Unpacking the enigma around overseas bank, investment and trust accounts
Overseas investment for South Africans starts with one simple certainty; nothing in the South African Income Tax or Reserve Bank regulations prohibits South Africans from opening overseas (offshore) bank accounts, investment accounts or setting up trusts.
Many South Africans feel uncertain about taking wealth offshore and understandably so. The spread of Covid-19, the economic forecasts for South Africa (and the rest of the world) and the weakening of the Rand are enough to make any South African nervous, but exposure to international assets is essential for the following reasons: protection against the depreciation of the Rand, geographical diversification of investments and access to a greater range of investment opportunities.
Given the complexity involved in moving wealth offshore, the real question is how to do it as quickly and cost effectively as possible, and whether you should consider setting up an offshore trust.
Offshore bank and investment accounts
In our experience many South Africans have international transactional needs – both for commercial and personal reasons – but are only aware of one-dimensional customer foreign currency (CFC) accounts. CFC accounts allows the account holder to manage foreign receipts and payments through their local bank, but they are subject to exchange control regulations.
By contrast, an overseas/offshore bank account enables South African accountholders to receive payments for work performed abroad, make international payments and to access international funds by way of a debit or credit card. The general rule is that if income was earned abroad while the South African resident was physically outside South Africa, then the income can be retained offshore. Such funds can then be transferred to a variety of different investment accounts that are also based offshore.
While there may not be any tax liability in the jurisdiction where the account is being held, accountholders will typically still be taxable in South Africa in respect of any interest or capital gains that is earned on the account. The amount of tax you may be required to pay will depend largely on the way you choose to invest and the type of investment account. Generally any interest or gains, wherever they are realised, should be included in your taxable income for the year because South Africans are taxed on their worldwide income.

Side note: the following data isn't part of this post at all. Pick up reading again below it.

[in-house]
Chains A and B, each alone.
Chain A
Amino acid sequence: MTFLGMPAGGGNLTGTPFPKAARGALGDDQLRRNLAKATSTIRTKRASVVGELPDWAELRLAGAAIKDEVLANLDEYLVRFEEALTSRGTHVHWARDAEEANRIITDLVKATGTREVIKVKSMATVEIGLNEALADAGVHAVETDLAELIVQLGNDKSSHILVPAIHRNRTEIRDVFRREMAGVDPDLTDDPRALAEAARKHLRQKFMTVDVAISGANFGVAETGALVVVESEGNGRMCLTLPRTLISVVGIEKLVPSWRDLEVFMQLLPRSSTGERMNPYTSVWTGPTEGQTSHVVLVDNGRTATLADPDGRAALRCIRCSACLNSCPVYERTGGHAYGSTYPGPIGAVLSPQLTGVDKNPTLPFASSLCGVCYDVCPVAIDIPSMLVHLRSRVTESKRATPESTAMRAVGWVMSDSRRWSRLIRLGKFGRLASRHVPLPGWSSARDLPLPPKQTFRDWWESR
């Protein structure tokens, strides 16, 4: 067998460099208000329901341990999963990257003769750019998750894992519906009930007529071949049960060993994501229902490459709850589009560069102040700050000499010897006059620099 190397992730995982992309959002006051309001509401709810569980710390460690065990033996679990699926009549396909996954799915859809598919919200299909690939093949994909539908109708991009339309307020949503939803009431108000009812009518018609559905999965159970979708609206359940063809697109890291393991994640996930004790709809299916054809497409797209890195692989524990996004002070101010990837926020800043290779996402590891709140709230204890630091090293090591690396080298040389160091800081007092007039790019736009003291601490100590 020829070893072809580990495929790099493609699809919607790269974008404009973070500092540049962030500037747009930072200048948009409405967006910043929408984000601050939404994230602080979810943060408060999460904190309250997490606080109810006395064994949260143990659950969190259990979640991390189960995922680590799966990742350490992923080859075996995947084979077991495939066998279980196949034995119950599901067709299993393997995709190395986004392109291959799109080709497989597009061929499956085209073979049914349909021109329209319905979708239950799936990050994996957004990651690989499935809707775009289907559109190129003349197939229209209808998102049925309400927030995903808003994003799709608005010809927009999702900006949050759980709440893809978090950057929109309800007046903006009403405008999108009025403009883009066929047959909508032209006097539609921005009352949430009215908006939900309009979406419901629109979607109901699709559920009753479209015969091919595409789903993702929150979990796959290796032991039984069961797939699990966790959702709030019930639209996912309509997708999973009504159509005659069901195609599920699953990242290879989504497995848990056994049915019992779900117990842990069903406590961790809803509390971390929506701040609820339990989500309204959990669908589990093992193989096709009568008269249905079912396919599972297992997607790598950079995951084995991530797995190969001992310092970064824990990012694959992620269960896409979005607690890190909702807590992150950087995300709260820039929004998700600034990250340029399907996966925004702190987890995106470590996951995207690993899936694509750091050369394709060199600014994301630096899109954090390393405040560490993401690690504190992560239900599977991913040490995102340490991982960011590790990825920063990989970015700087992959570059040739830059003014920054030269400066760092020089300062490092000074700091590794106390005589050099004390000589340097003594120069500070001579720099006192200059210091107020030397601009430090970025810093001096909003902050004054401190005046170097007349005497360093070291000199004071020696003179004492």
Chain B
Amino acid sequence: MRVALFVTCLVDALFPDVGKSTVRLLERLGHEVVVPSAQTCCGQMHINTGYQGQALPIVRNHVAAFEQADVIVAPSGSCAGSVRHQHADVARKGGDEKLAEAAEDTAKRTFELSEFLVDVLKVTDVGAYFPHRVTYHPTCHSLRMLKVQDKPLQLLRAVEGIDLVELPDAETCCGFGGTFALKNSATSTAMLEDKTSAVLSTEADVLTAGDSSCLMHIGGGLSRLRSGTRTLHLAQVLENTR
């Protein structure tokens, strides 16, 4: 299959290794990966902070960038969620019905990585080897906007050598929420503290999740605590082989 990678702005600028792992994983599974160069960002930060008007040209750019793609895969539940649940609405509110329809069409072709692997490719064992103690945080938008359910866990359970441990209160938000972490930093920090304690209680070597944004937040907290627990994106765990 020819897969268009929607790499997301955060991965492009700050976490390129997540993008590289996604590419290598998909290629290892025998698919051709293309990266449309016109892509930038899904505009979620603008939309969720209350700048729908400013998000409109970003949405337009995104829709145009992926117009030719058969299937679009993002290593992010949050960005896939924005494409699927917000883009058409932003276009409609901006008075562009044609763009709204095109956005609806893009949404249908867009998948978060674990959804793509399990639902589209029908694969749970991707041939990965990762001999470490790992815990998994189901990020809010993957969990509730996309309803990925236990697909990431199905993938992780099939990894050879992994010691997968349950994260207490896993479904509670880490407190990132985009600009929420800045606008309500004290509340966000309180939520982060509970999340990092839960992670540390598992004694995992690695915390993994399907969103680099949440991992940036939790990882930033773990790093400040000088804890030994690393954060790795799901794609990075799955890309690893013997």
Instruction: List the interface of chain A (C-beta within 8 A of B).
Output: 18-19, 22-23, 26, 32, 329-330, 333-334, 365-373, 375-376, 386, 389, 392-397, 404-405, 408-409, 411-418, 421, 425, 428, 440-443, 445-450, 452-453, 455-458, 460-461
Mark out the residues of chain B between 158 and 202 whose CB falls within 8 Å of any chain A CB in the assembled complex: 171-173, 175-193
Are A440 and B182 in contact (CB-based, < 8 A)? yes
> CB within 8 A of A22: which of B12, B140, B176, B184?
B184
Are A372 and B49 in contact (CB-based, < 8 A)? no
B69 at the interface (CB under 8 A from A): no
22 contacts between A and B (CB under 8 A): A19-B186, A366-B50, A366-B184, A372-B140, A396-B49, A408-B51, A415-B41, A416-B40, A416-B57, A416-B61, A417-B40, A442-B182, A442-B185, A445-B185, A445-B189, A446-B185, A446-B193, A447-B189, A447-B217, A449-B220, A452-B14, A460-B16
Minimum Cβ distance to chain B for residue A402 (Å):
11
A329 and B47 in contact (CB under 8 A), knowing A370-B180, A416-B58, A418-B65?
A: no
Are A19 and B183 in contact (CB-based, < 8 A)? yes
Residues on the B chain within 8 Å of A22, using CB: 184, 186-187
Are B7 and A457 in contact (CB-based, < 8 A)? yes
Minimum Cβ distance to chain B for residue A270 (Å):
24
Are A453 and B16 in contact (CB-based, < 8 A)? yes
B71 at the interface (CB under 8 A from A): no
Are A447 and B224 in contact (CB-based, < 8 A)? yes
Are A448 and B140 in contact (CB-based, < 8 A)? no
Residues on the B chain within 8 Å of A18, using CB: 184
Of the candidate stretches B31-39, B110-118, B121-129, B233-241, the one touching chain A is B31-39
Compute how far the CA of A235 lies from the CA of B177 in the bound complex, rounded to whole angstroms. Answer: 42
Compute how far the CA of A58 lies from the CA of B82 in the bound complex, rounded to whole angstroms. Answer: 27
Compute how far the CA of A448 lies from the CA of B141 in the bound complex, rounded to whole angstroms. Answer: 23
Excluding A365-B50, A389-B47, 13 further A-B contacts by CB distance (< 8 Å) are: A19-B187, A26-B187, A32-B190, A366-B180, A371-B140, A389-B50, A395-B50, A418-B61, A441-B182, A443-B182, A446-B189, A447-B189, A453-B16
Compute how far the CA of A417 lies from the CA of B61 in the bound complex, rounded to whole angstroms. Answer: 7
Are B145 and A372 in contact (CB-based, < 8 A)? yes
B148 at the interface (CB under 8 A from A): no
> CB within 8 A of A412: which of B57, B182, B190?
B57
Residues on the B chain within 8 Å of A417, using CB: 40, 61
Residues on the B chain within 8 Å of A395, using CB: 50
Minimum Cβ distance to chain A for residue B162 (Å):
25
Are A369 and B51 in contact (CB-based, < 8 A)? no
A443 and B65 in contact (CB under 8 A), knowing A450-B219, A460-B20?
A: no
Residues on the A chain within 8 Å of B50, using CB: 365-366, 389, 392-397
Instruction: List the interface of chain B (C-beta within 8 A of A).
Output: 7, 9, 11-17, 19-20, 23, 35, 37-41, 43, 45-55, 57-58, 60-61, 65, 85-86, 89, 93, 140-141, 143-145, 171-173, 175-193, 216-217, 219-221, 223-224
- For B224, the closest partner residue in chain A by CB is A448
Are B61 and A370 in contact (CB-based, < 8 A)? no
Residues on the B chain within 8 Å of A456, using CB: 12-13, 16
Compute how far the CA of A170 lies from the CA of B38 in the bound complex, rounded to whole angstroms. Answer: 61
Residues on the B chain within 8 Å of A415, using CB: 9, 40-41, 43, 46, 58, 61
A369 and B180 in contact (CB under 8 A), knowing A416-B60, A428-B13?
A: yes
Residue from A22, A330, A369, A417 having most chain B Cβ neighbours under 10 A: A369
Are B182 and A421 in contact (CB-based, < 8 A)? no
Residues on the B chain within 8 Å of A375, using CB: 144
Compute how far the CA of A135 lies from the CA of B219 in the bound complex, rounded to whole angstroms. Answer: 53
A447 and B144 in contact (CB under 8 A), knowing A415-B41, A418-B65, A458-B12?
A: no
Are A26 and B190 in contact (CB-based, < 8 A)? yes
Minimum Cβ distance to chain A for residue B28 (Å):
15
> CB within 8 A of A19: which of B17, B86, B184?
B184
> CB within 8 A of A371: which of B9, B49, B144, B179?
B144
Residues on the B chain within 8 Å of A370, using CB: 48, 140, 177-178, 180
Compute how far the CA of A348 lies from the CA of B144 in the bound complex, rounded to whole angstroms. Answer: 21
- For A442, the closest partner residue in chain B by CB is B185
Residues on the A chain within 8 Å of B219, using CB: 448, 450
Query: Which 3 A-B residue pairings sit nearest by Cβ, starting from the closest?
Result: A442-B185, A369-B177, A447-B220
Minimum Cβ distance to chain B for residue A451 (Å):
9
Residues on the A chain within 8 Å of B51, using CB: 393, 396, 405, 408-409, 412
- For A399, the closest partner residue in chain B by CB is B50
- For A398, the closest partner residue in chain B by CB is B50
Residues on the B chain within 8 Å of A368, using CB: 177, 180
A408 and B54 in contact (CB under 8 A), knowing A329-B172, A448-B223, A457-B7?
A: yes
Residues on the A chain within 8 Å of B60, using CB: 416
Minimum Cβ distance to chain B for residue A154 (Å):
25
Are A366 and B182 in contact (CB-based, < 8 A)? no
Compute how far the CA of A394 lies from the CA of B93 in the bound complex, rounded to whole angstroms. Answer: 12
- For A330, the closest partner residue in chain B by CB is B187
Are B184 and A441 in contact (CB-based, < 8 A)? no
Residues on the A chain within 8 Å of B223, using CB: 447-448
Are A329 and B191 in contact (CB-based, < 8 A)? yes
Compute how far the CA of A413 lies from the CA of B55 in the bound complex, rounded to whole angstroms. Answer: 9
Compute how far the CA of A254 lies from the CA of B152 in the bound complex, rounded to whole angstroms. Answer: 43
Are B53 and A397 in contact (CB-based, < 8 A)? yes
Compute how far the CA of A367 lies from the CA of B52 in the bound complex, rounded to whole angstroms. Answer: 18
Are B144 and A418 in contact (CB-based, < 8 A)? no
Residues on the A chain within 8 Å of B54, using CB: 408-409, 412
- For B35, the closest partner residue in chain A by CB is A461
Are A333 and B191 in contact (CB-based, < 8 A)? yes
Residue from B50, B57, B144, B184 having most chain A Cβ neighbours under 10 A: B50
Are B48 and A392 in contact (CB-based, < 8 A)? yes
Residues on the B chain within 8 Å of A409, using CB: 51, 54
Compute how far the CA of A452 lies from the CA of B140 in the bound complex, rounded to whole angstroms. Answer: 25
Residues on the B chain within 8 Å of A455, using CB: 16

All offshore bank or investment accounts will need to be declared in South Africa. This is not just a legal requirement but the account details, balances and interest earned will also be shared with the South African Revenue Service (SARS) by the tax authorities in the jurisdictions where the accounts are held under the OECD Common Reporting Standard (CRS), which provides for the automatic exchange of information (AEOI) regarding financial accounts between tax authorities on a global level.
While your financial information will be shared with SARS, your assets will remain outside South Africa. In terms of de-risking your wealth, this is a completely legal and acceptable solution to escape the volatility of the rand and to diversify your investments.
When exploring the benefits of opening an overseas bank account, you should take into consideration the minimum balance requirements and transactional fees, as well as the reputation and sophistication of the jurisdiction. Some banks require face-to-face meetings with the account holder while others are comfortable to work through a licensed service provider like Sovereign Trust.
For offshore investment companies, you should also take into consideration the annual platform and trading fees. Investment companies generally do not require a face-to-face interview, but an introduction by a regulated financial advisor may be required before an account can be opened.
At what point should you consider setting up a trust to hold the funds in your offshore bank or investment account and why? We will start with answering the question ‘why’. If your intention is to achieve any or some of the goals listed below, setting up a trust and investing in the trust’s name, can be a sensible option:
- To preserve your assets as a legacy for future generations;
- To protect your assets from creditors or claims as a result of relationship breakdowns;
- To look after the needs of minor or disabled beneficiaries (special trusts);
- To ensure your beneficiaries can benefit from an asset that cannot be easily subdivided, such as a holiday house or farm;
- To separate personal capital assets from business and trading assets; and
- To provide for dependents and relatives who are incapable of managing their money or taking care of their own affairs.
To ensure the viability of setting up an offshore trust, you should consider the annual trustee fees (which will depend on the jurisdiction, the type of trust and also the activity levels of the trust) and the amount available to invest, as well as the possible returns that can be achieved. As a minimum requirement, the projected returns should cover the annual costs associated with the trust and underlying investments.